Curating luxury for the discerning traveller



A rare pink diamond is the ultimate limited edition. The most sought-after pink diamonds in the world fetch prices of up to 50 times higher than white diamonds. Each one might be the size of a pea – the largest ones rarely exceed two carats – but they regularly top $1million a carat. These tiny objects of beauty – and of nature – have a history of defying the recession. In 2010, diamond mogul Laurence Graff bought a pink diamond at Sotheby’s for a staggering $45.6million, breaking all previous records for a gem sold at auction. “Acquiring pink diamonds is about incomparability,” says Robert Procop, private jeweller to Angelina Jolie. “The concern for rarity and personality that lies behind the rise of pink diamonds is typical of an art collector’s attitude.” It should therefore come as no surprise that when I attended a one-day exhibition of highly-prized pink diamond jewellery at The Orangery in Kensington Palace, hosted by Argyle, which controls 90 per cent of the world’s pink diamonds through its Rio Tinto-owned mine, security was on high alert.

Nov 8th 2012
Watches & Jewellery

Each year, Argyle reserves its most precious stones, approximately 50 of them, for its Pink Diamond Tender, inviting a côterie of the world’s leading jewellers to view the gems and then place offers through sealed bids submitted behind closed doors. Viewing meetings last up to two hours before each diamond is allocated to the highest bidder. In 2012, the Tender came to London accompanied by an exhibition celebrating both the Queen’s Diamond Jubilee and the special relationship rare pink diamonds have played in royal occasions.

Who can forget the famed Williamson Diamond, for example? Still considered to be one of the  nest pink diamonds ever discovered, it was presented as an uncut stone weighing 54.5 carats as a wedding gift to the young Princess Elizabeth in 1947, before being cut and crafted by Cartier to form the centre of the Queen’s dazzling Williamson Diamond Brooch. Just as spectular were the pieces on display at Argyle’s Out Of The Vault: Pink Diamonds And Royalty exhibition, which featured 42 pieces of pink diamond jewellery totalling $65million from the likes of Graff, Moussaieff, Chinese powerhouse Chow Tai Fook, Nirav Modi of Mumbai, and Sydney- based Mondial Pink Diamond Atelier. An eye-popping bracelet with an $8.8million price tag from American jeweller LJ West featured rows of meticulously cut pink diamonds. A showstopping Diamond Jubilee Blossom brooch by Sydney-based jeweller Mondial Pink Diamond Atelier was loaded with royal symbolism – its six leaves, two blossoms and 52 diamonds within the leaves and the blossoms allude to the date of the Queen’s ascension to the throne.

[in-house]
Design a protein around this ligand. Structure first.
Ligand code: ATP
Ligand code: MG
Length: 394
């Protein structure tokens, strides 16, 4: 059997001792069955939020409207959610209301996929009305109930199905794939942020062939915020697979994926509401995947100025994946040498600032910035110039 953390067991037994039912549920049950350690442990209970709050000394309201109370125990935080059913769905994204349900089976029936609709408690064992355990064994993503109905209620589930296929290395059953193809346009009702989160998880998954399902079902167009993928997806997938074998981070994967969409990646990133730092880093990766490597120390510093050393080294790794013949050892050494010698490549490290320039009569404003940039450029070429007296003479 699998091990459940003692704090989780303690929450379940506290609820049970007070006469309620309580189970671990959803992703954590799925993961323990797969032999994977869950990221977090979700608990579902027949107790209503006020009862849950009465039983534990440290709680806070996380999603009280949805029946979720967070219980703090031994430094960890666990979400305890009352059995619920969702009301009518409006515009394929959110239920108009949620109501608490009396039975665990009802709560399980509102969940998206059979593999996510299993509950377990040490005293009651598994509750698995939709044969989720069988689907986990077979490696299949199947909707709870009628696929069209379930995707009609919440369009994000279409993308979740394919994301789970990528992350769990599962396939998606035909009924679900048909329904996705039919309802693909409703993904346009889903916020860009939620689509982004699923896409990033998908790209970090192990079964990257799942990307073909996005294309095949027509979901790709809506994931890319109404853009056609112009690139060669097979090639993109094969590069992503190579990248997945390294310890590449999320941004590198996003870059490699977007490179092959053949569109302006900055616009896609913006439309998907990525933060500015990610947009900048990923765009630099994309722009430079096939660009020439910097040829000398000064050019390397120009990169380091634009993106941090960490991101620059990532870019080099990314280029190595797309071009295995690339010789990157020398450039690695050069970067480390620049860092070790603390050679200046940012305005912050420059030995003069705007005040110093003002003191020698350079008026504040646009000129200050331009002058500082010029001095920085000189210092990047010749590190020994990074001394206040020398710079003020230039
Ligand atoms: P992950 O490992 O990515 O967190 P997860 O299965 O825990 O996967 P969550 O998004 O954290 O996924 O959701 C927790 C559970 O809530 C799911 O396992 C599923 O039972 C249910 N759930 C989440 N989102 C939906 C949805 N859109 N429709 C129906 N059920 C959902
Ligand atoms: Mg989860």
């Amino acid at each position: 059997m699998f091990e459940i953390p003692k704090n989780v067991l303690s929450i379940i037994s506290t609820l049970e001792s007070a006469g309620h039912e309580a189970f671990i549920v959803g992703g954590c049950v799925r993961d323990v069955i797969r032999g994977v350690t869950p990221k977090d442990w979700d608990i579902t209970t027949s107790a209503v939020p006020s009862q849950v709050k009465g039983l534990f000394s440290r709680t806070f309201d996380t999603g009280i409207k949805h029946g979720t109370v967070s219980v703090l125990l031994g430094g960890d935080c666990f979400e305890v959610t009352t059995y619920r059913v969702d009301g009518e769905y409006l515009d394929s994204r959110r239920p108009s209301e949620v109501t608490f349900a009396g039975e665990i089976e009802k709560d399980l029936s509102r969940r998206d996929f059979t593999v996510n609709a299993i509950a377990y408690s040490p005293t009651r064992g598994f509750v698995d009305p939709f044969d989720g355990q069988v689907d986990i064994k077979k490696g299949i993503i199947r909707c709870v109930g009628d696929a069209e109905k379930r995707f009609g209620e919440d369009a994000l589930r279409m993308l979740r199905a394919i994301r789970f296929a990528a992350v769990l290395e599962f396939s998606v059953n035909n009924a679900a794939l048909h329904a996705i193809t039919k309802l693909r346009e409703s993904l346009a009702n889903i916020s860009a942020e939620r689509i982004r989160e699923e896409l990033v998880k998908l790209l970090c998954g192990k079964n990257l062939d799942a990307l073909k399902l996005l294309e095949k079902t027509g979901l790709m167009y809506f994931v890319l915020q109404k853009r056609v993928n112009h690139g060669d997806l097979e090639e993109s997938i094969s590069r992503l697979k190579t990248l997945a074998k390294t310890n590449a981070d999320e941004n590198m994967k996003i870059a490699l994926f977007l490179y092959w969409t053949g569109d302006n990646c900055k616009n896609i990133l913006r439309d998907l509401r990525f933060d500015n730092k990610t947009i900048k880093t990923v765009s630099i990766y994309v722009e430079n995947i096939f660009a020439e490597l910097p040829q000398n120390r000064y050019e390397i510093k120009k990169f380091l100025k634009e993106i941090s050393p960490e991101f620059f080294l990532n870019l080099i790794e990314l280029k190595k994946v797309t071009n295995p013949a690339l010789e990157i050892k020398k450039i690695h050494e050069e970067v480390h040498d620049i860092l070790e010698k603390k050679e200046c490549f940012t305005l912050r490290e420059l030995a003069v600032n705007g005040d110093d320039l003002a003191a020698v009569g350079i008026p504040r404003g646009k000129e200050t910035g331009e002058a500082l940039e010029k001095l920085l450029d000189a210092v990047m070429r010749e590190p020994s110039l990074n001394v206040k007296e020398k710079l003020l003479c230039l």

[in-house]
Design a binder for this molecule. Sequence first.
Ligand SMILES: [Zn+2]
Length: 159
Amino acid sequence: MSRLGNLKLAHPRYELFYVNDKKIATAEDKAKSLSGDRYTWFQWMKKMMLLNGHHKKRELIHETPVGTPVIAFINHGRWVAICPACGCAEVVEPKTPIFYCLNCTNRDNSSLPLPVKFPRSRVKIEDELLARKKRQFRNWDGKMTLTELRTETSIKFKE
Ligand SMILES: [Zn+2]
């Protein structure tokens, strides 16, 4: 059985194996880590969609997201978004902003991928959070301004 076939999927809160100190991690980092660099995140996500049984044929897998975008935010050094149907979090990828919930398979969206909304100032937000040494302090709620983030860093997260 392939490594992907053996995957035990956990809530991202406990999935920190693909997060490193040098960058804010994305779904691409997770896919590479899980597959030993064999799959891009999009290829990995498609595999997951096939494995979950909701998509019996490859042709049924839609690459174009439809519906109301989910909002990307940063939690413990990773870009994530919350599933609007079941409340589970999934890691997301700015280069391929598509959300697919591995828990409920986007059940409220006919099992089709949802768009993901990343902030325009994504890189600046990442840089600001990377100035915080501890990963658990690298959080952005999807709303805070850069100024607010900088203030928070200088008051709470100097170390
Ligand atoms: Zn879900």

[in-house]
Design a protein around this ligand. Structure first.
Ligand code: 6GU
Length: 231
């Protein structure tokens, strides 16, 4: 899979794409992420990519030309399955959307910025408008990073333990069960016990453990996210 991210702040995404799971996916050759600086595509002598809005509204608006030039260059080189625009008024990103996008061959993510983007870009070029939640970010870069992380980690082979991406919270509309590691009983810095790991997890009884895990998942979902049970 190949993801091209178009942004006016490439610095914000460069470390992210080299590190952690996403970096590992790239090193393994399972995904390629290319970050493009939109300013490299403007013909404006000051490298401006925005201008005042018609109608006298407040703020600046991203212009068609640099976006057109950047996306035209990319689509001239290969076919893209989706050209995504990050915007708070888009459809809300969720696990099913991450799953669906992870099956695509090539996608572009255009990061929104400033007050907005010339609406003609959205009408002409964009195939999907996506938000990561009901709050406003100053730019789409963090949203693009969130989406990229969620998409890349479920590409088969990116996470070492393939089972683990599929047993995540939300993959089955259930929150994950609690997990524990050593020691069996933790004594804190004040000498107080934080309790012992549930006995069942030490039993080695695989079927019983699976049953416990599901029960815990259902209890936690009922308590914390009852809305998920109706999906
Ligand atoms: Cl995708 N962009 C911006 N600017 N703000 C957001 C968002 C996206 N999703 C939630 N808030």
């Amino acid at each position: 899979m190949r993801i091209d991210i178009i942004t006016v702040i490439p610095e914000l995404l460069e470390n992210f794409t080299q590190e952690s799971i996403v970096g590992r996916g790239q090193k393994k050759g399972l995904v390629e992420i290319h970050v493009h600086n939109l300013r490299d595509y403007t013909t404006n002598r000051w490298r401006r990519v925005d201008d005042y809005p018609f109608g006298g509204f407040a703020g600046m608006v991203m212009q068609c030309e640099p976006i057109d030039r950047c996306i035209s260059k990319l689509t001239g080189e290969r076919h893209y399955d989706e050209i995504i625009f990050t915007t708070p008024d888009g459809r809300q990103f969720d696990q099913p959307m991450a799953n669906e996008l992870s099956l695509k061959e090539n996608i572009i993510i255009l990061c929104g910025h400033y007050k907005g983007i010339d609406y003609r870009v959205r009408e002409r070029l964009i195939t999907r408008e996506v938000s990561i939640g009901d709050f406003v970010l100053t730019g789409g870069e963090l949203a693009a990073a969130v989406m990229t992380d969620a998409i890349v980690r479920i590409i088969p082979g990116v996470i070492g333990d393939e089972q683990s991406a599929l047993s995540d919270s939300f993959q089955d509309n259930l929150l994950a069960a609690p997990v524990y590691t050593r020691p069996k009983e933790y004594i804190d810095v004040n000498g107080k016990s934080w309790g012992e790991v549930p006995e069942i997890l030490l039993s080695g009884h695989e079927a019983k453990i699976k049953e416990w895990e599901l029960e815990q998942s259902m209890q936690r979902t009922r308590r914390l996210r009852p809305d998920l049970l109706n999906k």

Also by Mondial, a $1million Serendipity ring saw nine pear-shaped diamonds and nine marquise-cut diamonds swirling around three coloured diamond centres. “The name Serendipity reflects the happiness we felt at finding such rare and beautiful stones which match so closely in size, shape and intensity – an almost impossible occurrence,” says Michael Neumann, managing director of Mondial.


John Calleija, meanwhile, showed a bejewelled diamond sculpture which rose from its tower-like case, James Bond-style, at the turn of a diamond encrusted key. Calleija, a regular at the Tender  for over two decades, is a man whose clients have spanned the gamut from Luciano Pavarotti to Claudia Schiffer. He knows a thing or two about being locked in a room alone with diamonds for two hours at a stretch. One year, as Argyle was showing its rarest pink jewel in the presence of journalists and  film crews, he was in for a surprise. “It suddenly  flicked out of the tweezers and into the media,” Calleija muses. “Security went on full alert and all doors to the room were sealed. No-one was allowed in or out for two hours while they searched for the rare gem. It was  finally found in the cuffs of a cameraman’s trousers. There was a huge sigh of relief when it was found.”

Each of the Argyle Pink Diamond Tender diamonds is quite literally one in a million. For every million carats of Argyle’s rough diamonds, only one polished carat is offered for sale through the Tender. The rarity factor is intensified by estimates that the Argyle mine in Western Australia has only a decade of supply remaining. In the 1980s, Laurence Graff purchased every single one of the Argyle diamonds up for tender, combining them to create a flower brooch based on an 18th century design. Hours after the jewel was complete, the legendary jeweller took it out of his pocket during a meeting with the Sultan of Brunei at The Dorchester – the hotel the Sultan had just bought. Within minutes, for what it can safely be assumed was a princely sum, the piece was sold.


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